Since most cases are reported in the media, they also have their share of the black sheep. On July 5 2007, The Times of India reported that a Rajkot woman stages semi-nude protest against dowry demand when alleged mental and physical abuse by her husband’s family drove a 22-year-old woman,Pooja Chuahan to strip to her underwear and walk through the city in protest. I happened to be in Rajkot in August on some personal work and could not help asking a well known personality about this incident. She said that while there was some truth in the matter, she had learnt from reliable sources that Pooja had been encouraged to do this by a local Journalist for a news story. Then she narrated her own experience on how she had given an advertisement in a newspaper once and was called by a rival newspaper to give a similar ad to prevent being projected in a bad light in that paper. When I narrated this story to a gentleman from pharmaceuticals industry on my train back to Delhi, he narrated a similar story of his own. The autobiographies of cricketing superstars, Sunil Gavaskar and Kapil Dev reflect very poorly on some elements in the media . A former filmstar who used to be asked about his reported rumors reported in the film press would dismiss such talk with a brusque remark “They have to sell their magazines”. It sounded like they could write anything to sell their magazines. Many spiritual books denounce the ad world for projecting wants as needs or necessities.

The examples of lower strata of society are somewhat amusing. When a panwallah was interviewed during the Babri mandir demolition in Ayodhya about his views on the Mandir- masjid issue, prompt came the reply, “Chaahe kuch bhi bane, humare pet pe laat nahin lagni chaahiye”. (Whatever happens, our livelihood should not be affected) This was followed by a Rickshawalla’s comment in Delhi, “ Mandir bhi banao, masjid bhi banao par sabse pahle Rickshaw stand banao. (Construct both Mandir and Masjid but first construct a Riksha stand). The most humorous remark that I have heard in the context of someone trying to defend his professional interest is “It is like asking a barber whether you need a haircut or not”.

One comes across articles not only on politicians but people from other professions on how they go to any lengths to make money in total disregard of all professional ethics. “Some men worship rank, some worship heroes, some worship power, some worship god and over these ideals they dispute but everybody worships money” — Mark Twain . It reminds of an old song: “na biwi na bachha na baap bada na bhaiyan the whole thing is that ke bhaiya sabse bada rupaiya.”


One more song which is perhaps one of the all time greats of Hindi Cinema but could not escape the editor’s scissors above but is representative of the situation(particularly the last two paragraphs). It shows that people have a natural tendncy to pull out all stops to safeguard their professional interest .:-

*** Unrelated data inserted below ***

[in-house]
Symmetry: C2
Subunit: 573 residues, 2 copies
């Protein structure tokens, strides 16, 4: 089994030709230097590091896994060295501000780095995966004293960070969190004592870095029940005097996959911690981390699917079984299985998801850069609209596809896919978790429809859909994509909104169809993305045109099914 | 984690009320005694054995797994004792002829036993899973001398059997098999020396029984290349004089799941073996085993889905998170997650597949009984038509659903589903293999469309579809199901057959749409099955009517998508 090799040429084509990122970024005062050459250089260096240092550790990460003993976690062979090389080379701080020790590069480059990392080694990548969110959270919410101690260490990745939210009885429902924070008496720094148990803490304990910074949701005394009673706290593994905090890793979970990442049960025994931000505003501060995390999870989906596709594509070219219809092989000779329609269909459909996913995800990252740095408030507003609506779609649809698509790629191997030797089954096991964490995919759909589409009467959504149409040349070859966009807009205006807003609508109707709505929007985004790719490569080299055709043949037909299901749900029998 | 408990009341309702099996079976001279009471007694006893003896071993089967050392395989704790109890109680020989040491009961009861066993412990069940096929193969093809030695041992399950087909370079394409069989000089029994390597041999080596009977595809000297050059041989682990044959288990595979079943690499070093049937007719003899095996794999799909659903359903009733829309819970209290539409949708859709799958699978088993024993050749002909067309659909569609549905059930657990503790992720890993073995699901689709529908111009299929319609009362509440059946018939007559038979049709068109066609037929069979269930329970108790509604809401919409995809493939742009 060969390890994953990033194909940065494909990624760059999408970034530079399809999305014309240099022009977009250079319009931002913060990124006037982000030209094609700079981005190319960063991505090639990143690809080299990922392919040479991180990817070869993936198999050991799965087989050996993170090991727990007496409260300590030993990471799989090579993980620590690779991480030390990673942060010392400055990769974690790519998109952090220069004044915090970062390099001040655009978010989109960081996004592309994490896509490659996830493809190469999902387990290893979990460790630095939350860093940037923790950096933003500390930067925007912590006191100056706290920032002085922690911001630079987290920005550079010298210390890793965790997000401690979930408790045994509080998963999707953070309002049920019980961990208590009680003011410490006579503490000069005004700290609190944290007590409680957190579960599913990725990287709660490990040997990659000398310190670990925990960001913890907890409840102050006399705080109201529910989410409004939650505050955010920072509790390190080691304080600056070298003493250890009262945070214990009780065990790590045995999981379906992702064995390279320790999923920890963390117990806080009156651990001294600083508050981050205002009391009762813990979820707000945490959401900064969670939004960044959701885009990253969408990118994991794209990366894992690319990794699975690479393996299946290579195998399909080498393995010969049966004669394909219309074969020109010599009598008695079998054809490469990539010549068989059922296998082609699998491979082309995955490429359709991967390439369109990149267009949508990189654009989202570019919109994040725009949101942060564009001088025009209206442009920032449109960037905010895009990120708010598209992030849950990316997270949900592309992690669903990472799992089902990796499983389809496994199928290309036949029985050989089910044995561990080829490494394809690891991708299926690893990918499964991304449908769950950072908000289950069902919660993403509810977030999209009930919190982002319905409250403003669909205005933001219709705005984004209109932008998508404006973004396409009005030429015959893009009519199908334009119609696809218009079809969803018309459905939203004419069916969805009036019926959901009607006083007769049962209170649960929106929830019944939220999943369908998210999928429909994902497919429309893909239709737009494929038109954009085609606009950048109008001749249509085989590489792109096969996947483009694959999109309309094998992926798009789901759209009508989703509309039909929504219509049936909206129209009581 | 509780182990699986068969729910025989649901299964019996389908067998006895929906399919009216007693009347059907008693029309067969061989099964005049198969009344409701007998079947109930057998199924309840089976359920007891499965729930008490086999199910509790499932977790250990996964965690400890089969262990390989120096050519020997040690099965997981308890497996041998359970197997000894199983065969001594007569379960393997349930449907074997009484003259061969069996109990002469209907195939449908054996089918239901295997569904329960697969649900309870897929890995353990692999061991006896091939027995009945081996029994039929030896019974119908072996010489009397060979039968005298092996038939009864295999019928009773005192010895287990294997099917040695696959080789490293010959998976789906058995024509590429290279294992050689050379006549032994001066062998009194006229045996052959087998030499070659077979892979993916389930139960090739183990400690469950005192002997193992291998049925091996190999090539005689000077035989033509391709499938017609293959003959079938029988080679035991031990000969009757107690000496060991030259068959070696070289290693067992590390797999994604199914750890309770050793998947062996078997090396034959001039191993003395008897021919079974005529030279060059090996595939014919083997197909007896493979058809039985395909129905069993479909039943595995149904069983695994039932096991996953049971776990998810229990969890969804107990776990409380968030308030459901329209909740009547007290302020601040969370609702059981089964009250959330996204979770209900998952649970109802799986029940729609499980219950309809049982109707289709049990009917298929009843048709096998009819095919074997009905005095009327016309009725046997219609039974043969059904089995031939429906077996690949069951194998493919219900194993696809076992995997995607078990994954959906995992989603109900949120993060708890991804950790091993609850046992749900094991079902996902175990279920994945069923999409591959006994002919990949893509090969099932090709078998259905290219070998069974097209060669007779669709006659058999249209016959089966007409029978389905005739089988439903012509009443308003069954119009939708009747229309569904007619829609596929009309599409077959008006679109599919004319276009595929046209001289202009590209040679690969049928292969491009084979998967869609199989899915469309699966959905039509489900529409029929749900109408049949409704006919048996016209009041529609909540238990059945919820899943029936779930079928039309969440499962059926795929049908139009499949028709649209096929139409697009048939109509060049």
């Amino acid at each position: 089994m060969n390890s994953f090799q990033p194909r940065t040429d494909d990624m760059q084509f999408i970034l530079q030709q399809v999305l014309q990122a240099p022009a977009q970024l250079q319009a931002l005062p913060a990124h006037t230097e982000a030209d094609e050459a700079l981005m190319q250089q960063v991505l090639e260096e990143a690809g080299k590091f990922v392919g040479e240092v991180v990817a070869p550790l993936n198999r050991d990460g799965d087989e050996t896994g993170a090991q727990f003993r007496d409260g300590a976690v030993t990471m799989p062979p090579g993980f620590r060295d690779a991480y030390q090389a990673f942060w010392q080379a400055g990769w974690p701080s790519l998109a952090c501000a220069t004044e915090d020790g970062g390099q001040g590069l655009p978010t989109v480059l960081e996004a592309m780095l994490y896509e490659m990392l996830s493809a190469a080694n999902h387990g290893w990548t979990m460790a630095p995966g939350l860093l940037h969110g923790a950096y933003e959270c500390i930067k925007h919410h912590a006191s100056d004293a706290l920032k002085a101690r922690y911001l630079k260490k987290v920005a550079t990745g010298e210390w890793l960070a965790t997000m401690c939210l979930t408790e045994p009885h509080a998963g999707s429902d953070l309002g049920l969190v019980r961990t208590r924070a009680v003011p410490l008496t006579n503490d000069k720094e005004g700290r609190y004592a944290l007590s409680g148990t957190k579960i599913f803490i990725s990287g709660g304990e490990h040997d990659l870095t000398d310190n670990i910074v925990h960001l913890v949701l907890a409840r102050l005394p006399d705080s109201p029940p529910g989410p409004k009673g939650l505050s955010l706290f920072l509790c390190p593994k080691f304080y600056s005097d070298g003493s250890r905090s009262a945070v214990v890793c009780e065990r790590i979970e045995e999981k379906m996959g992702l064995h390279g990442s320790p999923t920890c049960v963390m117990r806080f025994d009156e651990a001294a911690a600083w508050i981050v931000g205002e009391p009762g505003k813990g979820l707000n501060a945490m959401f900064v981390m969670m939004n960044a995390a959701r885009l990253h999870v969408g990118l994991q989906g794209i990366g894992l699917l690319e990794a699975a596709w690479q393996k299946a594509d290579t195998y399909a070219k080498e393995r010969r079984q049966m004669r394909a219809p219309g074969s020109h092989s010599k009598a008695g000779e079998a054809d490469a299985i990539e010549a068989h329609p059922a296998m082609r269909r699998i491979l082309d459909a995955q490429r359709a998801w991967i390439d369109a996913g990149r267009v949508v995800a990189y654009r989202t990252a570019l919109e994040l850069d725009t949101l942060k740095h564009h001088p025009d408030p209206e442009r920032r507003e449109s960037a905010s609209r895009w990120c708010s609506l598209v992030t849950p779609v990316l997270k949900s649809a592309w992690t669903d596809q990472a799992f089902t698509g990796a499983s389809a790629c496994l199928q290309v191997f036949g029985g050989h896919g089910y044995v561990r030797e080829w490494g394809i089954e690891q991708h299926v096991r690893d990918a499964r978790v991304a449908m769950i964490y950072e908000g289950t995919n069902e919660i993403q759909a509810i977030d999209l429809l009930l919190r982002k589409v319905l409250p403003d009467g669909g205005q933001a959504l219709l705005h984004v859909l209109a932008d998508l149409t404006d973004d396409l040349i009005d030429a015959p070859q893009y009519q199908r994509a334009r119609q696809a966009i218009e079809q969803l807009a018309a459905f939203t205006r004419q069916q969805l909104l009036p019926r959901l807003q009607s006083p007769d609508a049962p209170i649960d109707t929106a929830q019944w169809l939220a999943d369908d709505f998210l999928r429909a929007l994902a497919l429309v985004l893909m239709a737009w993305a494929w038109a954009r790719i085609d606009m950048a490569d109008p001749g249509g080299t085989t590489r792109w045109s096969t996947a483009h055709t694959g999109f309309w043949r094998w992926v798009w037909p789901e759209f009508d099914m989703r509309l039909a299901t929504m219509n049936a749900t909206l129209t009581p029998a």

Chingari koi dhadke, to savan use bujhaaye
savan jo agan lagaye , use kaun bujhaaye ?

Pathjar jo baag ujaade, toh baag bahaar khillaye
jo baag bahar mein ujade, use kaun bujhaye ?

Koi dushman thes lagaaye , to meet jiya bahlaaye,
Man meet jo ghaav lagaaye, use kaun mitaaye ?.

Duniya jo pyaasa rakeen, to majhira pyaas bujhaaye
Majhira jo pyaas lagaaye, use kaun bujhaaye ?.

Majhdar me naiya dole, to maajhi paar lagaayen
Maajhi jo naav duboye, use kaun bachaaye?


Practical Money Management

(This article was published in the October issue of the mgazine “Educare”

Learn the basics of money management now

By Hiren Shah

I once came across an engineer who told me how lucky I was to be a chartered accountant’s son and receive training on practical money management and how badly he had been fleeced because of his lack of knowledge of accounts and finance. I read about a case in management consultant Pramod Batra’s book on how a motorcycle dealer from Escorts was fleeced by his own accountant and got a heart attack at the Escorts office when the Escorts accounts staff apprised him of major embezzlement. The third interesting case that I remember from my experience is my immediate engineer boss, who was to get several double promotions in one year and later go on to build a big business of his own. Here is what he had to say about accounts “I used to ask our professor in the MBA about the logic behind accounts preparation of balance sheets but he could never answer properly”. What he could not learn in two years in the MBA, he managed to learn within a few weeks by sitting with the accountant. When I was a commerce student in the accounts class, my father told me, “Don’t ask questions on accounting rules. Just follow them and make the balance sheet. You will understand automatically.” Since everybody has to manage money, a knowledge of accounts is always an added bonus.